From a Stone” engages with the frustrations of bringing forth a poem when it feels like drawing blood from an inanimate source. Like “Glomurelonephritis” this is one of the rare instances where my personal health experiences feature in a poem. For 31 years I have lived with a chronic renal (kidney) condition. The blood drawing analogy in “From a Stone” touches on my real experiences of ‘having bloods done’ (as they say in some hospital lingo). Putting my arm out to have blood siphoned from a vein still feels easier than many pursuits: writing poetry, doing press-ups or following my dreams.

Seashell unknown 3.jpg
Seashell unknown 3” by WilfredorOwn work. Licensed under CC0 via Wikimedia Commons.

Time and tide, a mermaid’s song

The tides go out.
Can you hear me?
The waves roll back –
Did you know? –
with the shells discarded that morning:
reclaimed nonpareils for below.


Mermaids and singing maidens have featured before in my poems, as have the sea’s tides and waves. When I use the sea as a setting, sometimes it is simply a fantastical location – a kingdom for the imagination. On other occasions it is based closely or loosely on a real place, such as Betty’s Bay. In the case of this poem, I was thinking about Shelly Beach at Betty’s. At this rocky shoreline inlet, the tides bring in tiny shells in pinks, reds and browns. The shells arrive varnished by the wet waves and glisten like nonpareils (or 100s and 1000s, as we knew them as kids). When the tide comes up, the waves reclaim these pretty treasures. Like decisive hands, the powerful backwash drags the shells into the water.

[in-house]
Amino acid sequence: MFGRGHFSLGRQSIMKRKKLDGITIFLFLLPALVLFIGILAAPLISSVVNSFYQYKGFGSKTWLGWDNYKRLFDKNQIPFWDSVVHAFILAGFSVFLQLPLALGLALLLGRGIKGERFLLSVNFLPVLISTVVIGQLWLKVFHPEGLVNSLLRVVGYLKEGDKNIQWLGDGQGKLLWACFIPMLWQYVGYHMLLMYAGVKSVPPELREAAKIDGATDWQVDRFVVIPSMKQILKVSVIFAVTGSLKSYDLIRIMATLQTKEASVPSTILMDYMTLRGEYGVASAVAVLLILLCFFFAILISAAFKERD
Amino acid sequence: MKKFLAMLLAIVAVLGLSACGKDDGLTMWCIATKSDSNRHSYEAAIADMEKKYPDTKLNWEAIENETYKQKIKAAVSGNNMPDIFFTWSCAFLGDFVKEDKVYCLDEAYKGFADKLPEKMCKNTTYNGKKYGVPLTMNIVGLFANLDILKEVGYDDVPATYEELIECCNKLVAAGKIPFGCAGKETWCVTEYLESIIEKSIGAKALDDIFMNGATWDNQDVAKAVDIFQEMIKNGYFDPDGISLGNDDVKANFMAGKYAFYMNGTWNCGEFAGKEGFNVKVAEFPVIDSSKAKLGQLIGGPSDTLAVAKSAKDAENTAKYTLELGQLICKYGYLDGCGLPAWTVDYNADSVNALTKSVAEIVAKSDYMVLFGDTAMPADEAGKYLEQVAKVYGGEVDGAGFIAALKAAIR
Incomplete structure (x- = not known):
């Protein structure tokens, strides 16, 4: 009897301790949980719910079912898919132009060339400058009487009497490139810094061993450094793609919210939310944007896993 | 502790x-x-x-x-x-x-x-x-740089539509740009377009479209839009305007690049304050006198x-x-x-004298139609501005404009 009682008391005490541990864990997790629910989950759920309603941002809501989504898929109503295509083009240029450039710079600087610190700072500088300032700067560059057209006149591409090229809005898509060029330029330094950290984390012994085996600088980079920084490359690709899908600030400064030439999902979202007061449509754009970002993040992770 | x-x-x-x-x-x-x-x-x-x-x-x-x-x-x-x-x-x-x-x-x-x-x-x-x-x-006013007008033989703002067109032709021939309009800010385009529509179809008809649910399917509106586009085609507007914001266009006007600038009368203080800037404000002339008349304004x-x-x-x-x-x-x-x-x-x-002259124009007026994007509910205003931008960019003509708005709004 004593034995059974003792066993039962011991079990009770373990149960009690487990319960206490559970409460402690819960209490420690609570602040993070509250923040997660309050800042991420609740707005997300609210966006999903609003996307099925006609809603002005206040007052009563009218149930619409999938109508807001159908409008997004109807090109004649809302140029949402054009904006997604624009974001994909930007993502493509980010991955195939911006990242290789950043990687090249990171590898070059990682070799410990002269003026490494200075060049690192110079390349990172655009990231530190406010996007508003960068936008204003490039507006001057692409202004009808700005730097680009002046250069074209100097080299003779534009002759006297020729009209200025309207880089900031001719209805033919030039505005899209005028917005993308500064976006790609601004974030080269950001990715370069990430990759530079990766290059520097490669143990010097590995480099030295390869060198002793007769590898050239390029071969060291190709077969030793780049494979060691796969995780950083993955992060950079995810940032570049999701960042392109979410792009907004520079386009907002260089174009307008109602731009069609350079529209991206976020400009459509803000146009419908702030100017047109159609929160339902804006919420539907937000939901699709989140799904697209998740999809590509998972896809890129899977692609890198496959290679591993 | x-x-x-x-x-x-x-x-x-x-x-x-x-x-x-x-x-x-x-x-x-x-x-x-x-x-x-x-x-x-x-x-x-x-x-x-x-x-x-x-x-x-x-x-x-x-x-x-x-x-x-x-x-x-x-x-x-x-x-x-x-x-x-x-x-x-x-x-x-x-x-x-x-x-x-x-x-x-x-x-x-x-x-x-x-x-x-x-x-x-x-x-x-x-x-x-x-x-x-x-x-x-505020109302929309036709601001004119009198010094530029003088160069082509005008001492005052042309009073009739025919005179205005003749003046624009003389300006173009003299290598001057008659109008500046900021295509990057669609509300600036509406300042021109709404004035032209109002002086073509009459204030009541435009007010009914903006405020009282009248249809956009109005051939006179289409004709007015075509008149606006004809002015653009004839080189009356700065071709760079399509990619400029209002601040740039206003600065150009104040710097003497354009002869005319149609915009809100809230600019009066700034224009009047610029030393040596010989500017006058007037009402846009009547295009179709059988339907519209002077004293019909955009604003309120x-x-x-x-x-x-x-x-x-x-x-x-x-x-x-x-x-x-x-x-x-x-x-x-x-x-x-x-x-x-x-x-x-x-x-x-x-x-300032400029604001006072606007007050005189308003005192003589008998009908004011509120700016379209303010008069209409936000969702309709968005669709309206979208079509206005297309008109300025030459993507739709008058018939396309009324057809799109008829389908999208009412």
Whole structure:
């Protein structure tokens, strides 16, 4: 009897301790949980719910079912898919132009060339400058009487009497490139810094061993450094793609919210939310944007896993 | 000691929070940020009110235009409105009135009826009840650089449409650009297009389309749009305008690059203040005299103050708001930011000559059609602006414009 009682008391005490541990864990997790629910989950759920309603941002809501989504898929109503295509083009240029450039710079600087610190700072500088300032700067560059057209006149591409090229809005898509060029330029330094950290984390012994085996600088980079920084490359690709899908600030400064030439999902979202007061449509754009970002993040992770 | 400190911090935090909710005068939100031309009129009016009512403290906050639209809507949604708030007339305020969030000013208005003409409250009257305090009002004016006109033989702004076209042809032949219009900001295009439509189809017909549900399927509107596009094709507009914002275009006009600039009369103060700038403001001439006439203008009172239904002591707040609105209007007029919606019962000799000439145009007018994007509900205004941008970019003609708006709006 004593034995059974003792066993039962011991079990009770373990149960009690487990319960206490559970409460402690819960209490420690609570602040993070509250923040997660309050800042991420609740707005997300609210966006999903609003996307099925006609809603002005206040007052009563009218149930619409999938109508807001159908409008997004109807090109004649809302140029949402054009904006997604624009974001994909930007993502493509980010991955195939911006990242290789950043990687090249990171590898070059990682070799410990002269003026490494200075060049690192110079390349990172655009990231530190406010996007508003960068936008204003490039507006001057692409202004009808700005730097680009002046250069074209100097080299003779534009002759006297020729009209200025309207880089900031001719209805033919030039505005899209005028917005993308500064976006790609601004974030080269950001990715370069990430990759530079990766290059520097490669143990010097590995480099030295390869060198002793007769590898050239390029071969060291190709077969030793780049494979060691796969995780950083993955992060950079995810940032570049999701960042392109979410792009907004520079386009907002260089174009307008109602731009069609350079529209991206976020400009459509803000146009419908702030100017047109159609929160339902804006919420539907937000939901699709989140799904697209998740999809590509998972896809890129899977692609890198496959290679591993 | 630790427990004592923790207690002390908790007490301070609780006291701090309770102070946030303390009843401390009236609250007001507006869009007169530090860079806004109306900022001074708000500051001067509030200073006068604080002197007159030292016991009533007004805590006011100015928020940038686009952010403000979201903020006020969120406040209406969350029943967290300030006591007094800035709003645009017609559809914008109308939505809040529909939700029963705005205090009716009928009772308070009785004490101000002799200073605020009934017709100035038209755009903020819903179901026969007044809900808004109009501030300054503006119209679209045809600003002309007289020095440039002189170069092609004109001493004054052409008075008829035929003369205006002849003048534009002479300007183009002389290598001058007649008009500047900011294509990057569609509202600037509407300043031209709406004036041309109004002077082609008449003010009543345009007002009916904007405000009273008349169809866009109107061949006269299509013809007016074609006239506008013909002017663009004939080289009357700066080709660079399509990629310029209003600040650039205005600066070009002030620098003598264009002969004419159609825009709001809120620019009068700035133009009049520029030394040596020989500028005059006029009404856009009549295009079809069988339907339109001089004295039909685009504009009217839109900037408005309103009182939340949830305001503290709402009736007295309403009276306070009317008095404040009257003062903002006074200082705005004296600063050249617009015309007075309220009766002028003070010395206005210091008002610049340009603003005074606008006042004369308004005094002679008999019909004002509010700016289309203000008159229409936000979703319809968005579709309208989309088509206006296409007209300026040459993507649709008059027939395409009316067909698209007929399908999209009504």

Twitter: @BeadedQuill
Facebook: BeadedQuill
Books:
In the Ocean: a year of poetry
Emily’s Poems for Modern Boys
Shining in Brightness: Selected Poems, 1999 – 2012

Earthworm 1 (PSF)

“Earthworm” courtesy of Pearson Scott Foresman [Public domain], via Wikimedia Commons

I posted “Impatience” this time last year. It’s a poem about seeking goals. The first lines follow the hard work involved in aiming towards goals. The later lines move towards how things seem not to be working out. The Astro Turf suffocates the earthworms.

Earlier this year I revisited the earthworm motif. In this poem I list how we dismiss the seemingly insignificant earthworm. The poem pirouettes to end with a different conclusion. The earthworm has its part to play.

If these lines seem too downhearted, I recommend “Dante’s Barmaids” to cheer you.

Books:
In the Ocean: a year of poetry
Emily’s Poems for Modern Boys
Shining in Brightness: Selected Poems, 1999 – 2012

T: @BeadedQuill
F: BeadedQuill

Image with thanks to "Homes and Garden Journa"l. See http://bit.ly/13ACooj

Image with thanks to “Homes and Garden Journal“.